With City Hall, Stone would like to see council meetings online so that they can be streamed, he would like to see the Town get information out to the public as soon as it is reasonably able to, and he would like to see town hall meetings that may have a different look than what people have seen in the past.

“I’ve talked with our First Nations council, a couple members, about doing joint town hall meetings a couple times a year where we have one in Ladysmith where the whole community’s invited from our First Nation and from Ladysmith and we say ‘let’s all get together and talk about our plans together’ and be able to connect our communities on a broader piece than just the two councils connecting,” he said. “As a spinoff from that, we need to up the engagement level on culture and celebrations and things like that so that when we have our Light Up or we have our Ladysmith Days, that Stz’uminus First Nation is front and centre as well. And from an arts and culture piece, in terms of installations in Ladysmith, you wouldn’t walk through Ladysmith and think we have a rich First Nations past, and I’d like to see that get upped as well. And that will take time, but I think the pieces that all go into that and incorporating the resources and co-operation on things like the Waterfront Area Plan will only really show its true value when we connect the culture piece and the art piece to it as well.”

When it comes to the business environment, Stone thinks more in terms of reinvigoration than revitalization. He’d like to get the energy back onto First Avenue and beyond and start moving the yardsticks for business development.

“That doesn’t mean that the mayor and council are now going to be tasked with developing businesses in Ladysmith, but what it does mean is that we need to engage the businesspeople, the leaders that we have here, the Chamber of Commerce, the Ladysmith Downtown Business Association, to put plans out there that can be supported by council as a resource and how those opportunities will look, they will have to take shape, but if we’re all on the same page when it comes to economic development and tourism development, there’s a much greater chance of success,” he said.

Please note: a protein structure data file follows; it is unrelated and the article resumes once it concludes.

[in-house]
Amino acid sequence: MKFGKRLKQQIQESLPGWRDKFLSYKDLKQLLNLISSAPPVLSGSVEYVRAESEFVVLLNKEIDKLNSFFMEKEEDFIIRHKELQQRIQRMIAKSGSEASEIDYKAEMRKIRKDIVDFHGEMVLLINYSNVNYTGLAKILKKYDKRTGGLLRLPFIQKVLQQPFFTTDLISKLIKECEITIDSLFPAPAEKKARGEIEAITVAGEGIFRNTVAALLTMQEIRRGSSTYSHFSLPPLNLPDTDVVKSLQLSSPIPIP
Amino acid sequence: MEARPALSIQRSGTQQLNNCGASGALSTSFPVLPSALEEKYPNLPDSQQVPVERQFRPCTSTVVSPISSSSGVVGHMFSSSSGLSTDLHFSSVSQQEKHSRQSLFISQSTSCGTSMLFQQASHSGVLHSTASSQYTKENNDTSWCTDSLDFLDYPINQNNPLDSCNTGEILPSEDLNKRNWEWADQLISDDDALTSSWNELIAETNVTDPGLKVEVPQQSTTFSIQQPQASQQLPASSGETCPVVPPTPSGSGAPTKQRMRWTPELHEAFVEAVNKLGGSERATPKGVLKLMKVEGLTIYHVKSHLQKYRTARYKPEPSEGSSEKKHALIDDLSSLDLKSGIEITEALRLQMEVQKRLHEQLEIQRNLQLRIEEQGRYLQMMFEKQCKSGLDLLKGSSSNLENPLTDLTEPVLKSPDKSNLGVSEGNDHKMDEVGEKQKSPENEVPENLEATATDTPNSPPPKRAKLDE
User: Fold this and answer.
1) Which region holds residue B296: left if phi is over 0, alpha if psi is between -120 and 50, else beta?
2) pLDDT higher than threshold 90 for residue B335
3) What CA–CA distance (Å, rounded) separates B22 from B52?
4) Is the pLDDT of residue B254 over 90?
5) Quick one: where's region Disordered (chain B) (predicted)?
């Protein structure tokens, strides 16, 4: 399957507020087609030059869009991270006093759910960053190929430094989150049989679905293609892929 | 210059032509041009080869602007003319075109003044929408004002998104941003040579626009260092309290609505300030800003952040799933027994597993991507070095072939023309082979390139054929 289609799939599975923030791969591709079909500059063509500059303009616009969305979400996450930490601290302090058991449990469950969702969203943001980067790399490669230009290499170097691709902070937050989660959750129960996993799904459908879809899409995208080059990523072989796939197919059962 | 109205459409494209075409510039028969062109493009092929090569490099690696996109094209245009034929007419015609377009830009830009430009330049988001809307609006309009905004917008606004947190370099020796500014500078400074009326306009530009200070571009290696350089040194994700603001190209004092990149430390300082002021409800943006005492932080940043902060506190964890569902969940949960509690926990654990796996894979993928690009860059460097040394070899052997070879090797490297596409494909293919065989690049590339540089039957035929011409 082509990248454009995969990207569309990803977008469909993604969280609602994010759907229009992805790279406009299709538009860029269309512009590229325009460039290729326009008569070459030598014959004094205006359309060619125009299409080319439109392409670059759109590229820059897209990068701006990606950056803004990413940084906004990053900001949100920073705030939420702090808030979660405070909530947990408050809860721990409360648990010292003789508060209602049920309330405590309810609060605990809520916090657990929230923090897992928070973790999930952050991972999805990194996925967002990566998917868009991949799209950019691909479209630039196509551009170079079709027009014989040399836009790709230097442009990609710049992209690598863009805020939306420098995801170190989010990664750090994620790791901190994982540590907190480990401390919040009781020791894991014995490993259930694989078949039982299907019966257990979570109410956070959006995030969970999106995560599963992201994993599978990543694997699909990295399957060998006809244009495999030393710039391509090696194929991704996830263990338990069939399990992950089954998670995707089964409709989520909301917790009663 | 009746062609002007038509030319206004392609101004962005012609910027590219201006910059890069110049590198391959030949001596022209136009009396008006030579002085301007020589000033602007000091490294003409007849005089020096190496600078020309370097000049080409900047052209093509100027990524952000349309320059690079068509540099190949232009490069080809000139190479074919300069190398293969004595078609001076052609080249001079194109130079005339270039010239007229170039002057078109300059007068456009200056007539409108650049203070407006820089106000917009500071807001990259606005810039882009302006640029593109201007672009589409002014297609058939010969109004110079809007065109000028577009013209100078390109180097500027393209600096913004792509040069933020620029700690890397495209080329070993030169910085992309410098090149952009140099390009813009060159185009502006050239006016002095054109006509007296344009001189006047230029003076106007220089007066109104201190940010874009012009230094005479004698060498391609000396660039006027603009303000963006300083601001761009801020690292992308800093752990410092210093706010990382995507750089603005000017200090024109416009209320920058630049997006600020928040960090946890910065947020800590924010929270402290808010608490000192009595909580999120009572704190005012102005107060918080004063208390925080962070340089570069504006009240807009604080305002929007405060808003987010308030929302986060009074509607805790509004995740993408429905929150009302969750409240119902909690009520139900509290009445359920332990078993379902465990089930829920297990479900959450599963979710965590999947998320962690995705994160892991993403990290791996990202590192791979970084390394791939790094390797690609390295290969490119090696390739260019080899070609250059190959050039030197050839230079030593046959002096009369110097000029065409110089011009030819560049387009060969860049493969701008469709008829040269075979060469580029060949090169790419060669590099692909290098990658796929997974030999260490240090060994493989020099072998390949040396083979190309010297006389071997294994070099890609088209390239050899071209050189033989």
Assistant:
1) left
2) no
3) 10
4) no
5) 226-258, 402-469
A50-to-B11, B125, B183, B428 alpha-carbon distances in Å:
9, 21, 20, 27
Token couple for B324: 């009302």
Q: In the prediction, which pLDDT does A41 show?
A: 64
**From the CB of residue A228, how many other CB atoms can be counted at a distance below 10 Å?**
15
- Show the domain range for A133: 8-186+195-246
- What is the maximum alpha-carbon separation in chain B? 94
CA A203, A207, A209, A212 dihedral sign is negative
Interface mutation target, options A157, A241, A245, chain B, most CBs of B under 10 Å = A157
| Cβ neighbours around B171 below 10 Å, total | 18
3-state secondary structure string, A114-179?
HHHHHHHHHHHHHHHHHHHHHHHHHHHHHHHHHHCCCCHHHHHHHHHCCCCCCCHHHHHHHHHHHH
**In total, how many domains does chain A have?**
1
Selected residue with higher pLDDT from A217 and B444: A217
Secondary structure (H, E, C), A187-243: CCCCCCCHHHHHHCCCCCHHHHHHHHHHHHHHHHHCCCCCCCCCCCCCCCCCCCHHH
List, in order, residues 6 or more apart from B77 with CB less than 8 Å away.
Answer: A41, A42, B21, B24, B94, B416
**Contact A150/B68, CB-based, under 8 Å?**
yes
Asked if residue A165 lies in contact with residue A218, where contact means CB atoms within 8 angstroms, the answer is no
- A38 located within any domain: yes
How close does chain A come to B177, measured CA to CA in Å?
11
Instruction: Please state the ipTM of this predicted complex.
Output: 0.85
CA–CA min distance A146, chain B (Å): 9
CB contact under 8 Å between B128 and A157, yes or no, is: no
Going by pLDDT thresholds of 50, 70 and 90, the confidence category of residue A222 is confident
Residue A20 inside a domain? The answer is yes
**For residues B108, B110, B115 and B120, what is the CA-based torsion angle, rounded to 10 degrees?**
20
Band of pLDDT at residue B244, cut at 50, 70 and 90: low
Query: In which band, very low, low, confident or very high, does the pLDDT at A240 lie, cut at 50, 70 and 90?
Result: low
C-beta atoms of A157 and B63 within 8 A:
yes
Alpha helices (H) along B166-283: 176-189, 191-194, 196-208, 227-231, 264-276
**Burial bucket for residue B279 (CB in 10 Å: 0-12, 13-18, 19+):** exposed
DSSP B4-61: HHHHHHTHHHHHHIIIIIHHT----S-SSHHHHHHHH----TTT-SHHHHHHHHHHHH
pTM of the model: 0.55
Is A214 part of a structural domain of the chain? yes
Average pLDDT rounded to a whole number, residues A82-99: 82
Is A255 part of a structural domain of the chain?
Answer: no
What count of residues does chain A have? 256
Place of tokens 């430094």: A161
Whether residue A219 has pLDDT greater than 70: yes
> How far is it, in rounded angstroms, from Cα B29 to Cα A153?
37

Stone thinks the waterfront could very well be the most important issue, although he believes these elements have to happen on parallel tracks.

“I see the next year being the year of the waterfront plan because I think we need to look at the framework we have in place that provides a solid jumping-off point and bringing it back to the community to find out what the vision really is,” he said. “I think that’s probably going to be the most public piece that we see over the next year.”

Education is a key for Stone, and he’d like to see council offering a primer for the public that summarizes all the documents those sitting around the council table must digest when it comes to something like infrastructure issues.

“It’s our responsibility to make sure people are informed and not to take away people’s desire for certain amenities or tax cuts or whatever it is they feel they desire from their local government, but so that they understand what the realities of the situation are,” he said.

Stone says he would like to be known as a mayor who is accessible.

“I feel passionate about so many things that I feel I can bring a real broad perspective to what can be attractive as a place to live, a place to visit and a place to stay and play. I hope that makes me more accessible to people, that they feel they can talk to me and be straight with me and understand that we may not always agree, but I’m willing and ready to hear that feedback, especially if it’s delivered in a respectful and constructive way,” he said.